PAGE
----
Bankers still think they are due bonuses for their creativity and for making markets efficient!

On Radio 4 last night we had the pleasure of hearing from Chris Nicholson – . Chris is an equity analyst focusing on telecoms and media. His view is that banks should pay bonuses to encourage continued creativity and to ensure market efficiency. This is an extraordinary claim in light of recent events, here’s why.

Efficient markets are important. How efficient they have to be is open to debate. Banks have been spending a fortune on IT and on motivating staff over the last couple of decades and the result has been that the best can win more. The result has not been a better allocation of capital as Chris suggests.

Creativity is important. Motivating people to so creative that they package up junk mortgages and resell tranches as triple A rated securities to pension funds is certainly creative. unfortunately this has also been the cause of the demise of the finanical sector.

Chris also mentions the allocation of capital to risky enterprises. Well, Chris, you are very out of touch. There are almost no venture capital firms or VCTs investing in anything approaching early-stage and this has been the case for many years. 3i, the stalwart of early-stage investment did so well out of its leveraged late-stage deals (notably Go) that it leveraged its balance sheet and focused almost exclusively on leveraged deals!

Explain to me Chris how the creativity and efficiency of the markets has helped finance entrepreneurs in the UK over the last 20 years?

I have managed three companies over the last 10 years and in my last company I had to cut costs – we were losing money and I was brought in to turn-around the business. I refocused the business, changed the product offering and let 60% of the people go.One thing that I know is that if the leadership articulate the issues and the vision for resolving them then freezing salaries is not nearly as painful to the business as those insiders think.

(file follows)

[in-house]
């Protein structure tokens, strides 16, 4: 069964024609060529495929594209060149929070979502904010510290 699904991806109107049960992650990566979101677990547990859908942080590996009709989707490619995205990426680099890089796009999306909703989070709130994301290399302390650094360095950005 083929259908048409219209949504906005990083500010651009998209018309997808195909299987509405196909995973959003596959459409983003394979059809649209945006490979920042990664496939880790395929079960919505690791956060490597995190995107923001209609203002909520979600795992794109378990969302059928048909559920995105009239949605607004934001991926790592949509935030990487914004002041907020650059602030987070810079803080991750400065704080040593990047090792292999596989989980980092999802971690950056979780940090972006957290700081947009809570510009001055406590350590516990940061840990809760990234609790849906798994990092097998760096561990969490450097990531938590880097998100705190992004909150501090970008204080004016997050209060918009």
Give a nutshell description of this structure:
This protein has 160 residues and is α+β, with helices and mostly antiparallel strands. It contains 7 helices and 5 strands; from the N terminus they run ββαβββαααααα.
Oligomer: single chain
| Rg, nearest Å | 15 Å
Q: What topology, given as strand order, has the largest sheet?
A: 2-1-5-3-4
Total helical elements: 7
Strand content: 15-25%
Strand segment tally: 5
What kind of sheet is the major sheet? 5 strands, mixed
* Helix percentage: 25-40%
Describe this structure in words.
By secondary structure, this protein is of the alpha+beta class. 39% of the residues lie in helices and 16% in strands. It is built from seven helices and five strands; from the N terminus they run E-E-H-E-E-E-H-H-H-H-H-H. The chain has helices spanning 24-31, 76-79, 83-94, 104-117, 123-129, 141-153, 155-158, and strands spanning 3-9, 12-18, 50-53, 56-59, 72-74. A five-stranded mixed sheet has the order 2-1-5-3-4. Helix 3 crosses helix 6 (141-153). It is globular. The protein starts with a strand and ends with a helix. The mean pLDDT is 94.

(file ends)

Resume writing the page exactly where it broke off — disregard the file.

High street banks must focus on their main tasks, UK consumer and corporate banking and if they won’t do it then find someone that will!

Unstructued data – how to benefit or what has “plunge and squish” got to do with it all anyway?

Back in 1992 David Gelernter wrote a wonderful book entitled “Mirrors Worlds”. Gelernter’s work influenced the Sun team and the creation of JavaSpaces (technology that I based my first start-up on).

In this book Gelernter talks about “plunge and squish”. Imagine you have a huge vat of data that from a distance appears homogeneous but upon close inspection is a massively heterogeneous, some structured, some unstructured. You wish to know what data in this vat has a strong relationship to something or other, a particular thought, question or subject that you have in mind for instance. How do you find this related data? Gelernter imagined a system that allowed you to plunge your “something” into the vat of data and see the related data attracted or squished towards your “something” allowing you then to extract that related data to find the answer to your question. This is all very theoretical but still important in that to find a solution to a problem it helps to imagine what your solution looks or feels like. Gelernter didn’t stop there but went on to create Scopeware which was the equivalent of Google Desktop however launched well before Google’s product. Scopeware then disappeared from view (purchased by some group and the technology integrated into their product set) being faced with the competition from Google’s and Microsoft’s products in this area.

Scopeware was a first step in the road-map to solving the problem of data mining in that data was pre-searched during computer downtime and the user then used keyword searches to search across all document types desired. This is a first generation solution with the pre-search facility clearly helping in speeding up the searches. A second generation solution to this problem has not yet, as far as I am aware, been launched but I believe it is now worth investigating. BTW if anyone feels that second gen solutions are here already then do let me know.

One area that I am interested in and have been brainstorming with a friend of mine is in the area of knowledge management. How sensible is it to spend time researching a topic when someone maybe only two-steps down the office has done this research and has done so from within a similar context to your own? It is only sensible if the person is not able to be found by you simply and rapidly. If an enterprise system could quickly and efficiently find the person within the enterprise with the some or all of the knowledge that you are seeking to find this would potentially be of significant value. The identification of the person is the key to finding the information. Sometimes simple answers to simple questions are the most tricky to solve.